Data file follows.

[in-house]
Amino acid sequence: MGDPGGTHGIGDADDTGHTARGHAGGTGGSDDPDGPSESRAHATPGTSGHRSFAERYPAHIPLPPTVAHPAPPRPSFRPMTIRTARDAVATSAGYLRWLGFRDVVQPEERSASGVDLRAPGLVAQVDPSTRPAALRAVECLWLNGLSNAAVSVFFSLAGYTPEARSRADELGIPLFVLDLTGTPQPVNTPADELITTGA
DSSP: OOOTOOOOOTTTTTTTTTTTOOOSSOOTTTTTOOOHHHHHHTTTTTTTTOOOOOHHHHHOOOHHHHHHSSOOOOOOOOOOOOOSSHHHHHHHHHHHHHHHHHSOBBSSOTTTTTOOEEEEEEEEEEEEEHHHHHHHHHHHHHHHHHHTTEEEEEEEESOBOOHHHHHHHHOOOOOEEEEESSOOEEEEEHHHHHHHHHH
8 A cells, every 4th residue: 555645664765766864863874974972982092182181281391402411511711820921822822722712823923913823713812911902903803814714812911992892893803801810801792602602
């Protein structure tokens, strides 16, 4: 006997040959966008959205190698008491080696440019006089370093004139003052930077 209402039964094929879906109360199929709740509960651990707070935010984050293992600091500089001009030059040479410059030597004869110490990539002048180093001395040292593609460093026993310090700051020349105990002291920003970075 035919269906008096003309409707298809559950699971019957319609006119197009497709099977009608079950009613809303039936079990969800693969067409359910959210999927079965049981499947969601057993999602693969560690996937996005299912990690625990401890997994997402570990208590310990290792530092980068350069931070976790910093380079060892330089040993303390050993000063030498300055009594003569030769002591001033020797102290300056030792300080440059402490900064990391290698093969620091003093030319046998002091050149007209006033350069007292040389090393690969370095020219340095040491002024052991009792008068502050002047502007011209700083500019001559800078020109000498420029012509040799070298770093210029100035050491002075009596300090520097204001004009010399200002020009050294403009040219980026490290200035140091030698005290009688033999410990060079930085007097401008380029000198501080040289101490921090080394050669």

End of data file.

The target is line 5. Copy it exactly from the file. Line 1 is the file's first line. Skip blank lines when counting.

């Protein structure tokens, strides 16, 4: 006997040959966008959205190698008491080696440019006089370093004139003052930077 209402039964094929879906109360199929709740509960651990707070935010984050293992600091500089001009030059040479410059030597004869110490990539002048180093001395040292593609460093026993310090700051020349105990002291920003970075 035919269906008096003309409707298809559950699971019957319609006119197009497709099977009608079950009613809303039936079990969800693969067409359910959210999927079965049981499947969601057993999602693969560690996937996005299912990690625990401890997994997402570990208590310990290792530092980068350069931070976790910093380079060892330089040993303390050993000063030498300055009594003569030769002591001033020797102290300056030792300080440059402490900064990391290698093969620091003093030319046998002091050149007209006033350069007292040389090393690969370095020219340095040491002024052991009792008068502050002047502007011209700083500019001559800078020109000498420029012509040799070298770093210029100035050491002075009596300090520097204001004009010399200002020009050294403009040219980026490290200035140091030698005290009688033999410990060079930085007097401008380029000198501080040289101490921090080394050669």